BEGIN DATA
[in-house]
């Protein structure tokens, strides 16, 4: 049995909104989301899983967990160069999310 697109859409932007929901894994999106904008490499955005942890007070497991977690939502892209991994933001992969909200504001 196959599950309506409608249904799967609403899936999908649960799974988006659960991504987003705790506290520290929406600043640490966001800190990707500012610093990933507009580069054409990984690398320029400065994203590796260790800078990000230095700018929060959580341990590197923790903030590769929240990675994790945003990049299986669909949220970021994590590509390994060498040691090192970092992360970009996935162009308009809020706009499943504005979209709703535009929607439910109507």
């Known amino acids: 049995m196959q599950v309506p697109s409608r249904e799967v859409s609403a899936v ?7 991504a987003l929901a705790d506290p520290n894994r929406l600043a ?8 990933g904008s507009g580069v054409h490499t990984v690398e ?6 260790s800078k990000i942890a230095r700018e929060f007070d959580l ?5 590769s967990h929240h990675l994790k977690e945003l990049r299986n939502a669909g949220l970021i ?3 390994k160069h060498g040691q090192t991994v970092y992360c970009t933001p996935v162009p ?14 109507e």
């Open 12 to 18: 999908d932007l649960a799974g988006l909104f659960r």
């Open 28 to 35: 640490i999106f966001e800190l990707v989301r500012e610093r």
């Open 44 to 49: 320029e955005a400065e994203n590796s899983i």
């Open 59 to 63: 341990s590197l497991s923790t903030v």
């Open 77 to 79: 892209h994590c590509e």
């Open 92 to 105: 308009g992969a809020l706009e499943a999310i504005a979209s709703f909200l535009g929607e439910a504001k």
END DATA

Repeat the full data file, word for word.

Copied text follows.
[in-house]
């Protein structure tokens, strides 16, 4: 049995909104989301899983967990160069999310 697109859409932007929901894994999106904008490499955005942890007070497991977690939502892209991994933001992969909200504001 196959599950309506409608249904799967609403899936999908649960799974988006659960991504987003705790506290520290929406600043640490966001800190990707500012610093990933507009580069054409990984690398320029400065994203590796260790800078990000230095700018929060959580341990590197923790903030590769929240990675994790945003990049299986669909949220970021994590590509390994060498040691090192970092992360970009996935162009308009809020706009499943504005979209709703535009929607439910109507």
């Known amino acids: 049995m196959q599950v309506p697109s409608r249904e799967v859409s609403a899936v ?7 991504a987003l929901a705790d506290p520290n894994r929406l600043a ?8 990933g904008s507009g580069v054409h490499t990984v690398e ?6 260790s800078k990000i942890a230095r700018e929060f007070d959580l ?5 590769s967990h929240h990675l994790k977690e945003l990049r299986n939502a669909g949220l970021i ?3 390994k160069h060498g040691q090192t991994v970092y992360c970009t933001p996935v162009p ?14 109507e």
């Open 12 to 18: 999908d932007l649960a799974g988006l909104f659960r």
């Open 28 to 35: 640490i999106f966001e800190l990707v989301r500012e610093r």
């Open 44 to 49: 320029e955005a400065e994203n590796s899983i």
């Open 59 to 63: 341990s590197l497991s923790t903030v």
């Open 77 to 79: 892209h994590c590509e």
């Open 92 to 105: 308009g992969a809020l706009e499943a999310i504005a979209s709703f909200l535009g929607e439910a504001k």